I give a short introduction to the ‘fill the timeline’ personal retrospective exercise, which is the basis for further analysis of the timeline. A timeline is a hand-written, temporal overview of the events important to you in a defined timeframe.
I use timelines often – therefore it’s the first exercise I share with you. I’ll try to keep the structure of this post for the following posts as well: purpose, steps, remarks and alternatives.
The purpose of the timeline activity is to get a chronological overview over what happened in the timeframe you are reflecting on. Use it to gather data and excel your remembering by finding temporal connections between events.
Select a paper to do the timeline on. I usually tape together three or four A4 papers horizontally, so I have a long line of paper on the table.
Divide the paper into sub timeframes, for example weeks, and mark them clearly, for example with the start date.
Go through your calendar or diary and write events relevant to you at their appropriate place in the timeline.
Use other sources as well to remember important events:
I have a weekly log from my heartbeat retrospective. This is a great resource for a yearly or quarterly retrospective.
Others Ideas for sources are: call history on the phone, e-mails, text messages, twitter/facebook status updates, etc.
Any kind of log at work serves as well. I used: git/svn commit logs, jira ticket logs and my engineering log.
When filling in the timeline, you will probably recall other events, which are not from the sources. Put them in the timeline as well.
Now that the timeline is filled, you can analyse it. I will write about how I analyse it in future posts.
The timeline exercise is the heart of any of my long term retrospectives. I like to use it, because the temporal connection between the events helps me a lot to remember things I otherwise would have overlooked.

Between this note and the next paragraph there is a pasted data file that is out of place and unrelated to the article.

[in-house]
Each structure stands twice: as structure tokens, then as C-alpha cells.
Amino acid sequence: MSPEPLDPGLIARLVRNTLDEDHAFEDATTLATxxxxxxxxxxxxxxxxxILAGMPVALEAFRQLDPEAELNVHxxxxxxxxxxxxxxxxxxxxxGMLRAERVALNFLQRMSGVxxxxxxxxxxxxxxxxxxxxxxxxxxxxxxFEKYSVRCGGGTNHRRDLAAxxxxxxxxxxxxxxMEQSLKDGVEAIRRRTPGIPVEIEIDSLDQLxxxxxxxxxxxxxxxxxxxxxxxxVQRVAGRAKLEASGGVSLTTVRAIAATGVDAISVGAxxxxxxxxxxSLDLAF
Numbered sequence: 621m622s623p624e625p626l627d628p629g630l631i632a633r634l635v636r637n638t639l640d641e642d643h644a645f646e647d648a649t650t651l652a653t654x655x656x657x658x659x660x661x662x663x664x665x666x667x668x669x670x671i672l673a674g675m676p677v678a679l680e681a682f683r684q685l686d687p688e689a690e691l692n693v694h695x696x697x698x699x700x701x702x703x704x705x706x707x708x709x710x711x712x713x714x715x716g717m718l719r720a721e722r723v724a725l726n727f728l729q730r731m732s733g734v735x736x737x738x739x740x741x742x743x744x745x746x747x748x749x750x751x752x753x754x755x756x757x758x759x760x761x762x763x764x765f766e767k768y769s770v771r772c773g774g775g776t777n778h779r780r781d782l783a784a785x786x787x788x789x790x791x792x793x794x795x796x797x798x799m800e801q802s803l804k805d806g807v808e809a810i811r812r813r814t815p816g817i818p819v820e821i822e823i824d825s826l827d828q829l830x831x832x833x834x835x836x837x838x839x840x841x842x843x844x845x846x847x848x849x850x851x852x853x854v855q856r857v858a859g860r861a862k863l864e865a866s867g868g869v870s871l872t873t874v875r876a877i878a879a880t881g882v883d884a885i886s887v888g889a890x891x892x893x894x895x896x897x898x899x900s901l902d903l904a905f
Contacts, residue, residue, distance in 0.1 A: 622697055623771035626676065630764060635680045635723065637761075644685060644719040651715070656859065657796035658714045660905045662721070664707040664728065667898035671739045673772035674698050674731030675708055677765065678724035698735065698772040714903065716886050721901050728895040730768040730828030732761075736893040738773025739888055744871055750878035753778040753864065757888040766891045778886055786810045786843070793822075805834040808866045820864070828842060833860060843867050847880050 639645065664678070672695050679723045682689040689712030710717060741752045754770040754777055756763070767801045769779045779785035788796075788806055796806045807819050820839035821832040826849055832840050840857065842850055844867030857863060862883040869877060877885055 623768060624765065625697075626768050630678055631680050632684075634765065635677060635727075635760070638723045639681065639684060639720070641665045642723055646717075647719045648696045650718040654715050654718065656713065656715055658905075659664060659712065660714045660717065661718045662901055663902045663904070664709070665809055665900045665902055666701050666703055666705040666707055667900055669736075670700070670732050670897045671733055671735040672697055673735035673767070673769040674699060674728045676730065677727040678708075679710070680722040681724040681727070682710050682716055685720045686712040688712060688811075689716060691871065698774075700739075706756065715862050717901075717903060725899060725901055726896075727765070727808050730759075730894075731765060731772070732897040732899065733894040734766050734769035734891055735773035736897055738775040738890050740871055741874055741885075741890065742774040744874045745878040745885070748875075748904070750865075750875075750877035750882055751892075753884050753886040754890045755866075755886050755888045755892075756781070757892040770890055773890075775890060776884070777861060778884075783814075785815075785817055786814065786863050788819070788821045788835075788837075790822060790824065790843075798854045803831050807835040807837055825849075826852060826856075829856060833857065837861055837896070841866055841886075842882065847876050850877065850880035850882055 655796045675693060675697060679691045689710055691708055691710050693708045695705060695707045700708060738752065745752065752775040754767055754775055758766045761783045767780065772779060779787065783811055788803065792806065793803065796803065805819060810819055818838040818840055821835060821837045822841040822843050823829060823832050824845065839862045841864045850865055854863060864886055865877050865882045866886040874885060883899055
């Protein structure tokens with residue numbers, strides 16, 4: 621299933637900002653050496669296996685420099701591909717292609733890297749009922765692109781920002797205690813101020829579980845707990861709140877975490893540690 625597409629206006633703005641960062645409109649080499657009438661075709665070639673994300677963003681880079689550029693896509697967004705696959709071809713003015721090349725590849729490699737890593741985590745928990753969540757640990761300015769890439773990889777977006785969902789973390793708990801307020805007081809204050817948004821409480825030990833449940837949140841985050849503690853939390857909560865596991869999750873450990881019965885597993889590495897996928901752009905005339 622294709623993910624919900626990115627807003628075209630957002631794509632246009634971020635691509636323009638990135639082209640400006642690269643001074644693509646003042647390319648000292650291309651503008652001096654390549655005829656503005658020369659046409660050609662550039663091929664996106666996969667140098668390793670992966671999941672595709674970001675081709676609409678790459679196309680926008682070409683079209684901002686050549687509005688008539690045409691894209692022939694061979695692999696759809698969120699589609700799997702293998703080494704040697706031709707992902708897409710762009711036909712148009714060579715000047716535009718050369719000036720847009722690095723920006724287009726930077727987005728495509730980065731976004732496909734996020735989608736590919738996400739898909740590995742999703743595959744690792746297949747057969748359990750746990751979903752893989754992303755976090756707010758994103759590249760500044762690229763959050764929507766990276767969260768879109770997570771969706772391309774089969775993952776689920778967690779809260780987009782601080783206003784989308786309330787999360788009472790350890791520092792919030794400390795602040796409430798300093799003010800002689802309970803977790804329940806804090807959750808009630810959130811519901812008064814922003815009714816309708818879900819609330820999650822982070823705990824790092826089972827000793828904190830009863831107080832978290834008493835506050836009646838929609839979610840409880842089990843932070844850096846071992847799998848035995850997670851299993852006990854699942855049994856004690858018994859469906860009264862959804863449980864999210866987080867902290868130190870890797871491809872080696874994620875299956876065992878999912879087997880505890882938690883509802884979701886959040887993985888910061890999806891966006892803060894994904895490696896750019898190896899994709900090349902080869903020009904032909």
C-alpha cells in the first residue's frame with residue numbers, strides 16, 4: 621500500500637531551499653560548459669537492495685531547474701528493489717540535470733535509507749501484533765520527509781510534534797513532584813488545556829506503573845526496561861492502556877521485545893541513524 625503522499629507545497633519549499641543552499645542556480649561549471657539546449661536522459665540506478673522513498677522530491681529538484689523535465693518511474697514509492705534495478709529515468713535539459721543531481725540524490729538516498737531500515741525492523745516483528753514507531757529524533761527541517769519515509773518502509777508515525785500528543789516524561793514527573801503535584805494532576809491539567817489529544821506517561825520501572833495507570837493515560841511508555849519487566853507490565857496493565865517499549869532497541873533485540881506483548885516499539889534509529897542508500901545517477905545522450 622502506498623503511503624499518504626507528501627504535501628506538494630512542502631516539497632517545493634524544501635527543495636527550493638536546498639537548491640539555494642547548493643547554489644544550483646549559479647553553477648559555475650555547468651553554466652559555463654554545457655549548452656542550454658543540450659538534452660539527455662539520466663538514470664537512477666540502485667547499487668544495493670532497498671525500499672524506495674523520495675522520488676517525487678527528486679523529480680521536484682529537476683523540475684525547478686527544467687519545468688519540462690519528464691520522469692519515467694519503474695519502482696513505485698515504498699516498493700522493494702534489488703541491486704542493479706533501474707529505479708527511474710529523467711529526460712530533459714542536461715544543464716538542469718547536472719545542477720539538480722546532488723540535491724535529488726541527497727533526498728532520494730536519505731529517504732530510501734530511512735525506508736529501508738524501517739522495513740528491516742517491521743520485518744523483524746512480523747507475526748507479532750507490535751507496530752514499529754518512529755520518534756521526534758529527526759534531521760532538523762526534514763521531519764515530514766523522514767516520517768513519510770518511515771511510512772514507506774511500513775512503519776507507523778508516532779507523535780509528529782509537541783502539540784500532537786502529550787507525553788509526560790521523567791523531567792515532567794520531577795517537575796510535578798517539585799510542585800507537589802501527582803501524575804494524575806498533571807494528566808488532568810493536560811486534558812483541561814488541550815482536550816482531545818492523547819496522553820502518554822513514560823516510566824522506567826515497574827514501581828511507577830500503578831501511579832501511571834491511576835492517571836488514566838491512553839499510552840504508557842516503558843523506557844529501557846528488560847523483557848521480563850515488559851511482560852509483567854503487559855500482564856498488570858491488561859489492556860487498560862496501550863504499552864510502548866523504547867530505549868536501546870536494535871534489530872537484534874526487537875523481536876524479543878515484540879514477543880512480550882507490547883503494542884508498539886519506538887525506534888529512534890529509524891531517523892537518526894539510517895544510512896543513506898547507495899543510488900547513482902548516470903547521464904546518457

The ‘fill the timeline’ part belongs to the Gather Data phase. The analysis of the timeline is part of the Generate Insights phase. There are a few exercises, you can use to analyse it like ‘emotional seismograph’, ‘colour coding’, ‘mine the timeline for gold’ etc. I will write about some of them, give a comment if you are interested in a particular one.
While doing the timeline, I often already get ideas for the Generate Insights or Decide What to Do phases. I keep an ‘open thoughts paper’ on my side, to not forget those – but still focus on the gathering of the temporal data.
As this exercise is for gathering the data, you can use any other means to gather data. I have been using ‘collecting notes on the move’ and the ‘feedback mind map’ exercise for it. But to be honest, for me personally the timeline feels the best way.
Of course, this will be different for other people. What is your favourite? Any thoughts, ideas, suggestions? Please share them with me! I’m really looking forward to hear them.
Picture: http://www.flickr.com/photos/94168846@N00/1461630711, Creative Commons: http://creativecommons.org/licenses/by/2.0/